Marine and Freshwater Research Marine and Freshwater Research Society
Advances in the aquatic sciences
RESEARCH ARTICLE

Importance of free-living and particle-associated bacteria for the growth of the harmful dinoflagellate Prorocentrum minimum: evidence in culture stages

Bum Soo Park A C , Ruoyu Guo A , Weol-Ae Lim B and Jang-Seu Ki A D
+ Author Affiliations
- Author Affiliations

A Department of Biotechnology, Sangmyung University, Seoul 03016, South Korea.

B Ocean Climate and Ecology Research Division, National Institute of Fisheries Science, Busan 46083, South Korea.

C Present address: Marine Science Institute, University of Texas at Austin, Port Aransas, TX 78373, USA.

D Corresponding author. Email: kijs@smu.ac.kr

Marine and Freshwater Research - https://doi.org/10.1071/MF17102
Submitted: 14 April 2017  Accepted: 8 August 2017   Published online: 3 October 2017

Abstract

The marine dinoflagellate Prorocentrum minimum is the cause of harmful algal blooms and may grow in association with co-occurring bacteria as ectosymbiotic, endosymbiotic and free-living forms. In the present study we investigated the bacterial community composition of both free-living bacteria (FLB) and particle-associated bacteria (PAB) in the lag, exponential and stationary growth stages of P. minimum using pyrosequencing. Metagenomics, hierarchical cluster and non-metric multidimensional scaling analyses revealed that FLB and PAB had significantly different bacterial community compositions. The PAB community had greater taxonomic richness and diversity than the FLB community. In addition, the shared bacteria identified were clearly dominant in both the FLB (≥98.2%) and PAB (≥89.9%) communities. Among shared bacteria, the genera Seohaeicola (P. minimum operational taxonomic unit (OTU) #1) and Roseovarius (P. minimum OTU #6), belonging to the Roseobacter clade, were predominant in FLB (42–57%) and PAB (11–14%) communities respectively. In the PAB community, the Marinobacter clade (P. minimum OTU #13 and #15) was also a dominant taxon. Interestingly, in response to the growth of P. minimum, the proportion of the Roseobacter clade increased gradually, whereas the genus Marinobacter decreased in both the FLB and PAB communities. These results suggest that Roseobacter and Marinobacter clades are intimately associated with host dinoflagellate.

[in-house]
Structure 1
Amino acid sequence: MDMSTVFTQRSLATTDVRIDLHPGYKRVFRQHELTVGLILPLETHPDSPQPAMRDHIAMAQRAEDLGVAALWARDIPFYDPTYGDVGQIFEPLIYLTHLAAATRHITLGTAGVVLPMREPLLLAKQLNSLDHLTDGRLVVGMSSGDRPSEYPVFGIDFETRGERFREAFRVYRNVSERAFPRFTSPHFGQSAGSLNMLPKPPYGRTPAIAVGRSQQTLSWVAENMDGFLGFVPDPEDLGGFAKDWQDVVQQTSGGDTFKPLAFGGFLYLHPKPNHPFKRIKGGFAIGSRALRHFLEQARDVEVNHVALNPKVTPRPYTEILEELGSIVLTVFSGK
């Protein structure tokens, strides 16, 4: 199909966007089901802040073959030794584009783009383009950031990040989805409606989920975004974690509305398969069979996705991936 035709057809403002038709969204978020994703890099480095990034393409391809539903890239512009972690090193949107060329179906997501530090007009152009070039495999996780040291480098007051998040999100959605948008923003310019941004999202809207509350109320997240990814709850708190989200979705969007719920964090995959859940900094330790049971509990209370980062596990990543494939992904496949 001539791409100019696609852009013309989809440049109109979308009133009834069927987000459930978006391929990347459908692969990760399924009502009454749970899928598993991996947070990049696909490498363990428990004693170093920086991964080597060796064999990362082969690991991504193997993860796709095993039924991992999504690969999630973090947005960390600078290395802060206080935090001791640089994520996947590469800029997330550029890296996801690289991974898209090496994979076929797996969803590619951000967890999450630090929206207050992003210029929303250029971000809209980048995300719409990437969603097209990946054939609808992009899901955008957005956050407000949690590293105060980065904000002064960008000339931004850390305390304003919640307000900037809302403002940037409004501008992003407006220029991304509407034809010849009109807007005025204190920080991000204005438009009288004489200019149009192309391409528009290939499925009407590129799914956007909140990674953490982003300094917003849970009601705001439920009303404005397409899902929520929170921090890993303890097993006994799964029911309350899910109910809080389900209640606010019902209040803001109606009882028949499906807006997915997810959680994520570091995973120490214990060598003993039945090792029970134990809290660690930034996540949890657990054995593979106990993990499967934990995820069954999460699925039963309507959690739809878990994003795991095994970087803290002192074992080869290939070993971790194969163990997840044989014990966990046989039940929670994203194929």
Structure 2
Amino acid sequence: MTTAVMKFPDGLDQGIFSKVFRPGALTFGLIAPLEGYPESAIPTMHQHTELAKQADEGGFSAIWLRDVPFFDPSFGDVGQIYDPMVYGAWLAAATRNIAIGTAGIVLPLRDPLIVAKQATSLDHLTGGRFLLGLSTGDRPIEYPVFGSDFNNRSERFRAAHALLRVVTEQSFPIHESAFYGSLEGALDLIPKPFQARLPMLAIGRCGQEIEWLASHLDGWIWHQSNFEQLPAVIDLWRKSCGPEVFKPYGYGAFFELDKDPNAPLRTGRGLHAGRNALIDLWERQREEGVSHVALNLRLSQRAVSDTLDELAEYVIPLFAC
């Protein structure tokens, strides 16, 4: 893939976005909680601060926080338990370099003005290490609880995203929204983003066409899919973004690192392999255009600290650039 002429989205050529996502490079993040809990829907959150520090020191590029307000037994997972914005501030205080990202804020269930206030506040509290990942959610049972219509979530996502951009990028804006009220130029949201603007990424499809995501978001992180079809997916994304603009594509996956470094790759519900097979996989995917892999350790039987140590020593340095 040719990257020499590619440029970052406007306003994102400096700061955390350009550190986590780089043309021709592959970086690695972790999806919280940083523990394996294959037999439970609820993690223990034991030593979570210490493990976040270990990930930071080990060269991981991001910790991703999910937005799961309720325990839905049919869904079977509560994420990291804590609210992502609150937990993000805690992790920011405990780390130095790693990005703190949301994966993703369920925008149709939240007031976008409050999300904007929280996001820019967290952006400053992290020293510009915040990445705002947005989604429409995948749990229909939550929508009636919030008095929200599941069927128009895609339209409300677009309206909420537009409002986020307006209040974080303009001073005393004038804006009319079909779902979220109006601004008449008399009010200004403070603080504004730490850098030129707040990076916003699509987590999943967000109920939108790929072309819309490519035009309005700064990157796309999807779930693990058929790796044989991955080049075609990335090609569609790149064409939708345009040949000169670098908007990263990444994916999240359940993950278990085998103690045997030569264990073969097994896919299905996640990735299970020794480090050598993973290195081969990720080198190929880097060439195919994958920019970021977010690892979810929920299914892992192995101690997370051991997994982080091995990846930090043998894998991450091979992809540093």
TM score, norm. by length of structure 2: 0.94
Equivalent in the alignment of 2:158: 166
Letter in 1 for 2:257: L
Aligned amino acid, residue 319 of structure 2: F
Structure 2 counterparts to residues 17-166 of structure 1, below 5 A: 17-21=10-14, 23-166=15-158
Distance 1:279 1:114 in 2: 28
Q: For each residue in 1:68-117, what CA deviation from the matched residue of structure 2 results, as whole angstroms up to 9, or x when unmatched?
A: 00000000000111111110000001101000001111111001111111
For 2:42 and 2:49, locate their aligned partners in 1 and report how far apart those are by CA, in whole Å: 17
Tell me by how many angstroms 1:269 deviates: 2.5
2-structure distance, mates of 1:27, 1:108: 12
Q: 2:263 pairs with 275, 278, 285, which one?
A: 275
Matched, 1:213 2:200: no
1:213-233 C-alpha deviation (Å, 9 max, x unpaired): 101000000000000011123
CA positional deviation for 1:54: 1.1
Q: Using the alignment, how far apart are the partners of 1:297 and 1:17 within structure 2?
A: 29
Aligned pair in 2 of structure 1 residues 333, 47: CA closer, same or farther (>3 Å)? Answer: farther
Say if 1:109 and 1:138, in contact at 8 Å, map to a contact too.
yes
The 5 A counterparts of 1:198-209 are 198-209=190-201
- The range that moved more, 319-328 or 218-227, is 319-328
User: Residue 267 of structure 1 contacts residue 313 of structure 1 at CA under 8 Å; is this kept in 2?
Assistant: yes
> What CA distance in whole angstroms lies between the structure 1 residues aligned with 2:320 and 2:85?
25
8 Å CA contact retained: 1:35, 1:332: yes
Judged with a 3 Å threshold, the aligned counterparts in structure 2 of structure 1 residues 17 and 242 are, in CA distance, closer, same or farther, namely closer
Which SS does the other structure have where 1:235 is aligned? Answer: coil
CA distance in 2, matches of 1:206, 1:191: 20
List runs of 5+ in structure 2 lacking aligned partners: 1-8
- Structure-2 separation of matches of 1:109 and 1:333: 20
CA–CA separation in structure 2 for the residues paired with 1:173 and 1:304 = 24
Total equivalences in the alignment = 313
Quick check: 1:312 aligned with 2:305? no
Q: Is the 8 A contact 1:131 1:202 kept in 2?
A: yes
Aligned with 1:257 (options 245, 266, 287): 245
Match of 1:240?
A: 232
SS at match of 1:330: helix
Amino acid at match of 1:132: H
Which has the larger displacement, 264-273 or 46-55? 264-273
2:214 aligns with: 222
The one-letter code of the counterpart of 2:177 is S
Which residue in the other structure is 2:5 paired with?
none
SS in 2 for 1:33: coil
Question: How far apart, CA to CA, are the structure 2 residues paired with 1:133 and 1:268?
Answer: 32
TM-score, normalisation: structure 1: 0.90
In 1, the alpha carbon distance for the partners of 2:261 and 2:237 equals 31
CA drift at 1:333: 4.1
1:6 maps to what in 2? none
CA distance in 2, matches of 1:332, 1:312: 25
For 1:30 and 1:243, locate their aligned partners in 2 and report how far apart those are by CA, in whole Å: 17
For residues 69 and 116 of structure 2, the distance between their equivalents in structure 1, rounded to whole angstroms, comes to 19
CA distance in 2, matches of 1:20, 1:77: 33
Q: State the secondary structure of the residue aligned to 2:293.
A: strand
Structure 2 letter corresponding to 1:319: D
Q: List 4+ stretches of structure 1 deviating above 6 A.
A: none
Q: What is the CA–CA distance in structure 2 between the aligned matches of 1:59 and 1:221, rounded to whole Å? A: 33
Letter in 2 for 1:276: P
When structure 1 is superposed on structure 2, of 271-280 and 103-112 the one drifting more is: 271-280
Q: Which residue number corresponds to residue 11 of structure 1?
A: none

Additional keywords: associated bacterial community composition, Roseobacter.


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